Hollywood takes a delicious stab at Jack Kerouac for whom Bukowski obviously had no respect. It’ a fun read, especially when Norman Mailer shows up in a disguise so thin you can imagine Bukowski giving you a funny little wink.

Bukowski is the uncle you’re supposed to hate, but you can’t bring yourself to think he’s unredeemable. There is an innocence there, like a child unaware of social norms that define good behavior.

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Filed under: authors, Books, Poetry, Writers, , , , , ,

Disturbing Poetry

 The following is not for the easily offended. Or the sane. But you? Yeah, sicko, you might groove on this. Now take your medication.

Behind you

I focus on the space between people,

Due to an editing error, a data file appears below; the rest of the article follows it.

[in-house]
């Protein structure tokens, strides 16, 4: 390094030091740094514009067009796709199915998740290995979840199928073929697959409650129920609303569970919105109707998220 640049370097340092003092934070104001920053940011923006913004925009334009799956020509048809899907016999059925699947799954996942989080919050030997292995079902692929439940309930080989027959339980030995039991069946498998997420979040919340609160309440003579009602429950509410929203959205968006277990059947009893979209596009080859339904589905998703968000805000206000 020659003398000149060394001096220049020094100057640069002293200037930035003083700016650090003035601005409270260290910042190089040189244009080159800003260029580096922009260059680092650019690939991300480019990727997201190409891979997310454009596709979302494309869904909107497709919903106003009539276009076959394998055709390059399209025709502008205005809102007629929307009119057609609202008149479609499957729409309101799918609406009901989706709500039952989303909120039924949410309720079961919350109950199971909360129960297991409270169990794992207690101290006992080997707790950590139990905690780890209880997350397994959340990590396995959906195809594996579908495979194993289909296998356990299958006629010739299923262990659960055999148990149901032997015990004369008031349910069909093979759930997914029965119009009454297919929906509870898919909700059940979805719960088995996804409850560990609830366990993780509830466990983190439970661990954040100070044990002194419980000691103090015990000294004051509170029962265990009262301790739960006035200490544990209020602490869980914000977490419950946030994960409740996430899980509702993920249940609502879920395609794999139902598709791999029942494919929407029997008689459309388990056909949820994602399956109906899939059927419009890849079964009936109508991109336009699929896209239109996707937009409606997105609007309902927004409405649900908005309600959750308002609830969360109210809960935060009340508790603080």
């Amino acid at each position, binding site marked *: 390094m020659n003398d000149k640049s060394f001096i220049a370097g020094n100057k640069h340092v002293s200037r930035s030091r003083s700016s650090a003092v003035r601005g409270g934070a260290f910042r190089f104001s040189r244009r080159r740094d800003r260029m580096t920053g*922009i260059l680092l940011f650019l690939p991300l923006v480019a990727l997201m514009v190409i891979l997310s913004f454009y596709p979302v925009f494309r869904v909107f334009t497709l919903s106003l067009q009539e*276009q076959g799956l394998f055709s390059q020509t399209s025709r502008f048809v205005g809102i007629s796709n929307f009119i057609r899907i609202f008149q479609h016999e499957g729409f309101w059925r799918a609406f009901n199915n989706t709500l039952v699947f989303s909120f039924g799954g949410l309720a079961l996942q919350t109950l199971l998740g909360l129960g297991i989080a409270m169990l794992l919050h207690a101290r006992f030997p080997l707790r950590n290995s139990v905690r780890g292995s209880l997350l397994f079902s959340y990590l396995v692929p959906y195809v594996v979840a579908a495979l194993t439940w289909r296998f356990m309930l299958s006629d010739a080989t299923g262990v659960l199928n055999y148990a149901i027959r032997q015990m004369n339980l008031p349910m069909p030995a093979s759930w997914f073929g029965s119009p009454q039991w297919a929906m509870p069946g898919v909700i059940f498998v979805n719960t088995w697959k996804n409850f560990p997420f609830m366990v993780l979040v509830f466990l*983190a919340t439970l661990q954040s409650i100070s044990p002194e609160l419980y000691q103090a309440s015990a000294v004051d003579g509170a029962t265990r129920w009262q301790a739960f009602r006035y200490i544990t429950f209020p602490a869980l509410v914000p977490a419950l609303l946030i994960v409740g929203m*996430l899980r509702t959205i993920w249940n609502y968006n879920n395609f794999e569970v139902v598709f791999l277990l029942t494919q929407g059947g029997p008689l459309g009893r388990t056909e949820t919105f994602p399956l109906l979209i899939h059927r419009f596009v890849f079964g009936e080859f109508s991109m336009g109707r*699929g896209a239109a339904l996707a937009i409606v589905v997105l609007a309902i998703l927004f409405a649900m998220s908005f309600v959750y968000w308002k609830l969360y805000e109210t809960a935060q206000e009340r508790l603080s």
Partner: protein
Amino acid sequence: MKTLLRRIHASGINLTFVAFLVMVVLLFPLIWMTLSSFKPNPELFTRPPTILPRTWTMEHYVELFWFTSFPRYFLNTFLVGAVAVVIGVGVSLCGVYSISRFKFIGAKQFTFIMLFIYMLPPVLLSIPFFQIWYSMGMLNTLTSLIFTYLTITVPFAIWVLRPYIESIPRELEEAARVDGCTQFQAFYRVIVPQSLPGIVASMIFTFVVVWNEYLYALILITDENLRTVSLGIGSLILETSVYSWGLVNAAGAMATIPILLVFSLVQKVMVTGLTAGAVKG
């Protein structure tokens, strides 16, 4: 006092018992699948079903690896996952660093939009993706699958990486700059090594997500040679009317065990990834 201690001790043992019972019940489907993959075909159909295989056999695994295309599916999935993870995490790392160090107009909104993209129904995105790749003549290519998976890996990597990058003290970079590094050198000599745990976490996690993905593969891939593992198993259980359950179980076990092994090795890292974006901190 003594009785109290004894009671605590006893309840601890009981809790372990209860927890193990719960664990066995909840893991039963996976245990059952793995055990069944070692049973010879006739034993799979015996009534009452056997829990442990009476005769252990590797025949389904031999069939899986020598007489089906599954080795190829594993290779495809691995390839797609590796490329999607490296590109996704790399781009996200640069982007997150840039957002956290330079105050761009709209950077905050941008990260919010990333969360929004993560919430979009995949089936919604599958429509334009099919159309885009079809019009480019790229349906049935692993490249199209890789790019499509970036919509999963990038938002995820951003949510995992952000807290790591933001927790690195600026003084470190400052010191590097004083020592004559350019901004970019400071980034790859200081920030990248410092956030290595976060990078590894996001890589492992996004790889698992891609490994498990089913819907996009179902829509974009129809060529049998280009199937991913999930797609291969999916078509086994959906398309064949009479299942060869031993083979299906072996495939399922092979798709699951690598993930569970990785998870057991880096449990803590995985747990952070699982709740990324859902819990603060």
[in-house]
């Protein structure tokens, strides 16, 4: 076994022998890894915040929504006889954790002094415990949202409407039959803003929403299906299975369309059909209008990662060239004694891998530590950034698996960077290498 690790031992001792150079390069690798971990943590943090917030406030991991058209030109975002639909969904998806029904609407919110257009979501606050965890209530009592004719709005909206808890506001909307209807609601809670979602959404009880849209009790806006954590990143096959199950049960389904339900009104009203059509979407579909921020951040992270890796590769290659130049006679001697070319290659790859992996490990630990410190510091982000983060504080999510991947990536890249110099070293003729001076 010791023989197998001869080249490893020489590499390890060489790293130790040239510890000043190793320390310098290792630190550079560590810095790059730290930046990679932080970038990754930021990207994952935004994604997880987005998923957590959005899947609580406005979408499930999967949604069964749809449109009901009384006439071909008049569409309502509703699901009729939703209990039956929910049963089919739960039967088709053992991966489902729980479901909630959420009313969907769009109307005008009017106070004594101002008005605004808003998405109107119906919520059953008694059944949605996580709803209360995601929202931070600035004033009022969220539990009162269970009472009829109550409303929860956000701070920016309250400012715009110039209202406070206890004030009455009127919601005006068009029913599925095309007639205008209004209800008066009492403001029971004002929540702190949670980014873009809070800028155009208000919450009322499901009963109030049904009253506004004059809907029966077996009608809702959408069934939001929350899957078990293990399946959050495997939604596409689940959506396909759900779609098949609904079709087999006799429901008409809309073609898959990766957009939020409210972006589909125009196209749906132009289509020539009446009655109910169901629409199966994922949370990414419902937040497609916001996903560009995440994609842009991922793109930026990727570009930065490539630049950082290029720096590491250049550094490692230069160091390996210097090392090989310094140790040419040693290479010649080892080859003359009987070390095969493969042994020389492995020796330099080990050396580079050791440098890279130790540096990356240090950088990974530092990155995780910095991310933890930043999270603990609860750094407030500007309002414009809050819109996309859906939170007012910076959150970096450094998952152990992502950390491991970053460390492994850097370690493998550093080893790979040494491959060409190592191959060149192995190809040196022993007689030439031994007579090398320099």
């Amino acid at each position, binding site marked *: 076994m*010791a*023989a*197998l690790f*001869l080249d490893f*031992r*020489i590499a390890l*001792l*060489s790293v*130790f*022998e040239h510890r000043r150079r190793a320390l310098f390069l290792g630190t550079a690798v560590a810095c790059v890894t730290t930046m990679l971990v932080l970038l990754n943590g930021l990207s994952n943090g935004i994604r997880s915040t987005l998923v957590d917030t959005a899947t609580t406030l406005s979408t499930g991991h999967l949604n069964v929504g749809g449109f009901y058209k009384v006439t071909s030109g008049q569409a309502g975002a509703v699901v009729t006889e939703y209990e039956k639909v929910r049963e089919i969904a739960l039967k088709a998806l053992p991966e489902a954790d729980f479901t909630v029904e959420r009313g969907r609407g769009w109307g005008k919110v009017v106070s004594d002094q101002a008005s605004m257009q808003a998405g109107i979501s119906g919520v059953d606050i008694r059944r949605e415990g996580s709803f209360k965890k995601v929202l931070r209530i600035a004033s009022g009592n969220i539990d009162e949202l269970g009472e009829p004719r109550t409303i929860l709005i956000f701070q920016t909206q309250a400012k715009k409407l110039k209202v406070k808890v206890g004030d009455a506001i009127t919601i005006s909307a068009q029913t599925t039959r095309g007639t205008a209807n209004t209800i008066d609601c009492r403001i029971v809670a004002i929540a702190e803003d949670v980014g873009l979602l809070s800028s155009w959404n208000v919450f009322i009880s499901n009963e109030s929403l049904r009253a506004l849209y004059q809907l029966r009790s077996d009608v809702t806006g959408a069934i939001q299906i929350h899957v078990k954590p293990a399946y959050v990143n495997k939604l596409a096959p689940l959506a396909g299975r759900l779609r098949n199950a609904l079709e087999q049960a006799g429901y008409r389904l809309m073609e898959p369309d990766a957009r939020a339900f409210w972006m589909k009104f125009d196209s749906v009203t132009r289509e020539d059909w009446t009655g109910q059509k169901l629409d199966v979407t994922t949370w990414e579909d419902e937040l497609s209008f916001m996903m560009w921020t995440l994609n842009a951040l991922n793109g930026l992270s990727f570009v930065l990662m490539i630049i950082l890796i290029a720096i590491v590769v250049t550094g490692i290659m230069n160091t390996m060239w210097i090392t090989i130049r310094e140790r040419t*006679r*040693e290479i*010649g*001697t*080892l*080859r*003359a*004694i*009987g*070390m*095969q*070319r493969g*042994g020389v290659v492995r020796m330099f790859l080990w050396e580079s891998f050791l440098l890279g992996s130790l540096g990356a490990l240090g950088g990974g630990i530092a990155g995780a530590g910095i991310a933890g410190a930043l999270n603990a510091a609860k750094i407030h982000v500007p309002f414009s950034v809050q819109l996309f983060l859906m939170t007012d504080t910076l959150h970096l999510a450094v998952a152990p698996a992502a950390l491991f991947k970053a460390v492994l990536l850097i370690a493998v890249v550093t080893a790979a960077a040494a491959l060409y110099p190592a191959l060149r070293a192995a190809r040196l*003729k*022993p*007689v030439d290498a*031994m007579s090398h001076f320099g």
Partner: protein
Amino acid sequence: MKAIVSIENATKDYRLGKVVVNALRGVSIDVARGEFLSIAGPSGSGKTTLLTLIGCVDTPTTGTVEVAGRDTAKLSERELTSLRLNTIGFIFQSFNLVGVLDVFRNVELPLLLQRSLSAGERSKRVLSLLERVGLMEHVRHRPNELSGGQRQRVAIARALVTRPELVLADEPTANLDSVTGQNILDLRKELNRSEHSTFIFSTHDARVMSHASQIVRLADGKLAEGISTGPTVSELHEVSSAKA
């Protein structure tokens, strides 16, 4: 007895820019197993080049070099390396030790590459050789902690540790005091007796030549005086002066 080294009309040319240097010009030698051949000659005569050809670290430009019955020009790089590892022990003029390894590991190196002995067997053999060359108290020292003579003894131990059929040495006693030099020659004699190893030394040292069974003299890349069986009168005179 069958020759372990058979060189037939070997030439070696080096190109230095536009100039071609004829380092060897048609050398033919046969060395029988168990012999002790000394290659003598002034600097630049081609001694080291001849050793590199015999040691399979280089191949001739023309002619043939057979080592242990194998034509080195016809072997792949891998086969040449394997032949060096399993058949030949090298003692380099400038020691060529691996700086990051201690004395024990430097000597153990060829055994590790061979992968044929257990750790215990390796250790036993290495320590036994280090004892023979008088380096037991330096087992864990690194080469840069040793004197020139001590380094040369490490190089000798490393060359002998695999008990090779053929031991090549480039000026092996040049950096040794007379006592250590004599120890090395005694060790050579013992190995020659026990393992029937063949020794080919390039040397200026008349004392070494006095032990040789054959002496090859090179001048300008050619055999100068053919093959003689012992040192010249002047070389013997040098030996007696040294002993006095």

never seeing eye-to eye.

My position is always peripheral.

People say I’m way too shy.

But I am watching

especially when you think I’m not.

I’m stealing smiles and taking names

and trying not to get caught.

I’m surfing the net and hacking your man.

I stay to the shadows, surveilling things,

watching you undress and making plans.

 It’s like dead to alive, the rush that brings.

You should leave him

or you’ll wish you had.

I’ll treat you right, hardly ever bad.

I’ll help you get there and make you see.

That man is doing very bad deeds,

worse even than me.

He disgusts me, knelt behind you,

sweating and gritting and looking grim.

Lucky for you, I’m just behind him.

I know you’ll understand my sweet thoughts

and why he really had to be stopped.

He only wanted you for your body

and doing things real ladies know are naughty.

Please don’t scream and stop the cursing